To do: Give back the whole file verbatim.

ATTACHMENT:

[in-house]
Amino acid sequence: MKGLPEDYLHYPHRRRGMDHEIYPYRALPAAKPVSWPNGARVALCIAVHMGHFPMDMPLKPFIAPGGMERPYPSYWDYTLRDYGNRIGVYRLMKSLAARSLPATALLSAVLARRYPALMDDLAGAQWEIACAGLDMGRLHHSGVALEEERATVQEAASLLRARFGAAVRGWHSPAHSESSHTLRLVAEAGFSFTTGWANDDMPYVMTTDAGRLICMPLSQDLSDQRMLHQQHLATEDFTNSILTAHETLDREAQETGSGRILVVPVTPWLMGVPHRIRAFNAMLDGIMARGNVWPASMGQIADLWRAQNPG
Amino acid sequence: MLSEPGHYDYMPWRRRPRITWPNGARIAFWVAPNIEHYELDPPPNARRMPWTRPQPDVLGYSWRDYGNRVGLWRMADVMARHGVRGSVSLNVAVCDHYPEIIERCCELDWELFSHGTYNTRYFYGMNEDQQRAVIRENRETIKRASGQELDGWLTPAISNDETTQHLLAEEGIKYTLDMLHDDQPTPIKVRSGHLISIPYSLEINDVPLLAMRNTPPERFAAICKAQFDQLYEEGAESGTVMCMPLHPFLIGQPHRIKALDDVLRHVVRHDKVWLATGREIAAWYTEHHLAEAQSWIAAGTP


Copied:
[in-house]
Amino acid sequence: MKGLPEDYLHYPHRRRGMDHEIYPYRALPAAKPVSWPNGARVALCIAVHMGHFPMDMPLKPFIAPGGMERPYPSYWDYTLRDYGNRIGVYRLMKSLAARSLPATALLSAVLARRYPALMDDLAGAQWEIACAGLDMGRLHHSGVALEEERATVQEAASLLRARFGAAVRGWHSPAHSESSHTLRLVAEAGFSFTTGWANDDMPYVMTTDAGRLICMPLSQDLSDQRMLHQQHLATEDFTNSILTAHETLDREAQETGSGRILVVPVTPWLMGVPHRIRAFNAMLDGIMARGNVWPASMGQIADLWRAQNPG
Amino acid sequence: MLSEPGHYDYMPWRRRPRITWPNGARIAFWVAPNIEHYELDPPPNARRMPWTRPQPDVLGYSWRDYGNRVGLWRMADVMARHGVRGSVSLNVAVCDHYPEIIERCCELDWELFSHGTYNTRYFYGMNEDQQRAVIRENRETIKRASGQELDGWLTPAISNDETTQHLLAEEGIKYTLDMLHDDQPTPIKVRSGHLISIPYSLEINDVPLLAMRNTPPERFAAICKAQFDQLYEEGAESGTVMCMPLHPFLIGQPHRIKALDDVLRHVVRHDKVWLATGREIAAWYTEHHLAEAQSWIAAGTP